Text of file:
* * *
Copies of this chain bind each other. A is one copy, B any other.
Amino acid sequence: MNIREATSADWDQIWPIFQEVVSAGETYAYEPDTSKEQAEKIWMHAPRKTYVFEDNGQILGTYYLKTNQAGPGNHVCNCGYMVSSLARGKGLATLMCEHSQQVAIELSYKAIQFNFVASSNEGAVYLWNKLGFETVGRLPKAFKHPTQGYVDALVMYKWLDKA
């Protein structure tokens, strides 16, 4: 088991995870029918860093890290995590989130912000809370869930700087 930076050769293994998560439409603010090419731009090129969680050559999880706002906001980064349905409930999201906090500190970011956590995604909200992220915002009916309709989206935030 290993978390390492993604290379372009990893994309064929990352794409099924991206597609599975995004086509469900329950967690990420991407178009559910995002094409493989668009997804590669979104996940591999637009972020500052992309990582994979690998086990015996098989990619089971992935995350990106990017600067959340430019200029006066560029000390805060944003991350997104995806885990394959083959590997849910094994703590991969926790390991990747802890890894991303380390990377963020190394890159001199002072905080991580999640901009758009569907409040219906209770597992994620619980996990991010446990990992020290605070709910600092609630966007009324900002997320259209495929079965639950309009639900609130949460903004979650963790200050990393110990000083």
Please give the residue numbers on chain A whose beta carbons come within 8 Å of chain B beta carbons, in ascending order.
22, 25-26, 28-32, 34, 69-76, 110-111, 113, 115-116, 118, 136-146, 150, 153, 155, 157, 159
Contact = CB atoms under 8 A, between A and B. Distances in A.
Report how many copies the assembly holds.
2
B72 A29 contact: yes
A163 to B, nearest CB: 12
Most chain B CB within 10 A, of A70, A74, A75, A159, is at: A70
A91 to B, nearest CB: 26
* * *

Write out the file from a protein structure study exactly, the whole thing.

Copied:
Copies of this chain bind each other. A is one copy, B any other.
Amino acid sequence: MNIREATSADWDQIWPIFQEVVSAGETYAYEPDTSKEQAEKIWMHAPRKTYVFEDNGQILGTYYLKTNQAGPGNHVCNCGYMVSSLARGKGLATLMCEHSQQVAIELSYKAIQFNFVASSNEGAVYLWNKLGFETVGRLPKAFKHPTQGYVDALVMYKWLDKA
């Protein structure tokens, strides 16, 4: 088991995870029918860093890290995590989130912000809370869930700087 930076050769293994998560439409603010090419731009090129969680050559999880706002906001980064349905409930999201906090500190970011956590995604909200992220915002009916309709989206935030 290993978390390492993604290379372009990893994309064929990352794409099924991206597609599975995004086509469900329950967690990420991407178009559910995002094409493989668009997804590669979104996940591999637009972020500052992309990582994979690998086990015996098989990619089971992935995350990106990017600067959340430019200029006066560029000390805060944003991350997104995806885990394959083959590997849910094994703590991969926790390991990747802890890894991303380390990377963020190394890159001199002072905080991580999640901009758009569907409040219906209770597992994620619980996990991010446990990992020290605070709910600092609630966007009324900002997320259209495929079965639950309009639900609130949460903004979650963790200050990393110990000083």
Please give the residue numbers on chain A whose beta carbons come within 8 Å of chain B beta carbons, in ascending order.
22, 25-26, 28-32, 34, 69-76, 110-111, 113, 115-116, 118, 136-146, 150, 153, 155, 157, 159
Contact = CB atoms under 8 A, between A and B. Distances in A.
Report how many copies the assembly holds.
2
B72 A29 contact: yes
A163 to B, nearest CB: 12
Most chain B CB within 10 A, of A70, A74, A75, A159, is at: A70
A91 to B, nearest CB: 26